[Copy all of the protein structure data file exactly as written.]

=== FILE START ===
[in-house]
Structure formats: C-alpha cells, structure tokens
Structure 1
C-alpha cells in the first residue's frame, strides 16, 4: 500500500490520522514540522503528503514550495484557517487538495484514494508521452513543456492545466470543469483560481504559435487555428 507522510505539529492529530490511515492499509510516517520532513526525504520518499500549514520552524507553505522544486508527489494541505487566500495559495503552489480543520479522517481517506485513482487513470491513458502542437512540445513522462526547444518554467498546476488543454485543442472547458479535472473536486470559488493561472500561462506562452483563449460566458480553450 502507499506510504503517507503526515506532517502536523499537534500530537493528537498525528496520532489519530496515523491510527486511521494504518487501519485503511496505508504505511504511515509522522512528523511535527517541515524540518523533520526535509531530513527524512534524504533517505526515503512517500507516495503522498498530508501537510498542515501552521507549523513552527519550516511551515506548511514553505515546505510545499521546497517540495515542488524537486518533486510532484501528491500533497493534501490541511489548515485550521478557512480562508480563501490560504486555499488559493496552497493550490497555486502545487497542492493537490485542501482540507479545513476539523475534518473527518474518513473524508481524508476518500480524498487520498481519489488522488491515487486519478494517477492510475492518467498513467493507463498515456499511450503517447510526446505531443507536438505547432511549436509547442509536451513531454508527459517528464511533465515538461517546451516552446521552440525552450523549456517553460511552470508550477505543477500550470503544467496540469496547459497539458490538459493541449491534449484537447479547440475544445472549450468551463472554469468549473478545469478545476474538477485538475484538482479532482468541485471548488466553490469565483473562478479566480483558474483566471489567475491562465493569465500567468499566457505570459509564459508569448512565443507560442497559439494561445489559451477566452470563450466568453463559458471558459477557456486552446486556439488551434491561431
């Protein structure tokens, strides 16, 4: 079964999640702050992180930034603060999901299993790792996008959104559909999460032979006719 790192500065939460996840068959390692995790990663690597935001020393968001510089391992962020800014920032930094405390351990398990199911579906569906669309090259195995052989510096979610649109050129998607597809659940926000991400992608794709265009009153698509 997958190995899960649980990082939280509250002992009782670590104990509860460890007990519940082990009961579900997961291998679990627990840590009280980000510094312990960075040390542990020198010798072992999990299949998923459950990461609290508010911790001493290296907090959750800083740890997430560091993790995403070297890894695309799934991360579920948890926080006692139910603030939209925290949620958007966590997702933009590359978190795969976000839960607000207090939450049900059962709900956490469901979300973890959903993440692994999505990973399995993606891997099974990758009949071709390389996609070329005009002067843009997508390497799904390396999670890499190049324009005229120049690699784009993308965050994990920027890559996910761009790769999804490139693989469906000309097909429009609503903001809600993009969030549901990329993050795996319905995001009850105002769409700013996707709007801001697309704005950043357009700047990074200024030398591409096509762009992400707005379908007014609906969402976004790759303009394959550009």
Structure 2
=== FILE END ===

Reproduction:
[in-house]
Structure formats: C-alpha cells, structure tokens
Structure 1
C-alpha cells in the first residue's frame, strides 16, 4: 500500500490520522514540522503528503514550495484557517487538495484514494508521452513543456492545466470543469483560481504559435487555428 507522510505539529492529530490511515492499509510516517520532513526525504520518499500549514520552524507553505522544486508527489494541505487566500495559495503552489480543520479522517481517506485513482487513470491513458502542437512540445513522462526547444518554467498546476488543454485543442472547458479535472473536486470559488493561472500561462506562452483563449460566458480553450 502507499506510504503517507503526515506532517502536523499537534500530537493528537498525528496520532489519530496515523491510527486511521494504518487501519485503511496505508504505511504511515509522522512528523511535527517541515524540518523533520526535509531530513527524512534524504533517505526515503512517500507516495503522498498530508501537510498542515501552521507549523513552527519550516511551515506548511514553505515546505510545499521546497517540495515542488524537486518533486510532484501528491500533497493534501490541511489548515485550521478557512480562508480563501490560504486555499488559493496552497493550490497555486502545487497542492493537490485542501482540507479545513476539523475534518473527518474518513473524508481524508476518500480524498487520498481519489488522488491515487486519478494517477492510475492518467498513467493507463498515456499511450503517447510526446505531443507536438505547432511549436509547442509536451513531454508527459517528464511533465515538461517546451516552446521552440525552450523549456517553460511552470508550477505543477500550470503544467496540469496547459497539458490538459493541449491534449484537447479547440475544445472549450468551463472554469468549473478545469478545476474538477485538475484538482479532482468541485471548488466553490469565483473562478479566480483558474483566471489567475491562465493569465500567468499566457505570459509564459508569448512565443507560442497559439494561445489559451477566452470563450466568453463559458471558459477557456486552446486556439488551434491561431
């Protein structure tokens, strides 16, 4: 079964999640702050992180930034603060999901299993790792996008959104559909999460032979006719 790192500065939460996840068959390692995790990663690597935001020393968001510089391992962020800014920032930094405390351990398990199911579906569906669309090259195995052989510096979610649109050129998607597809659940926000991400992608794709265009009153698509 997958190995899960649980990082939280509250002992009782670590104990509860460890007990519940082990009961579900997961291998679990627990840590009280980000510094312990960075040390542990020198010798072992999990299949998923459950990461609290508010911790001493290296907090959750800083740890997430560091993790995403070297890894695309799934991360579920948890926080006692139910603030939209925290949620958007966590997702933009590359978190795969976000839960607000207090939450049900059962709900956490469901979300973890959903993440692994999505990973399995993606891997099974990758009949071709390389996609070329005009002067843009997508390497799904390396999670890499190049324009005229120049690699784009993308965050994990920027890559996910761009790769999804490139693989469906000309097909429009609503903001809600993009969030549901990329993050795996319905995001009850105002769409700013996707709007801001697309704005950043357009700047990074200024030398591409096509762009992400707005379908007014609906969402976004790759303009394959550009």
Structure 2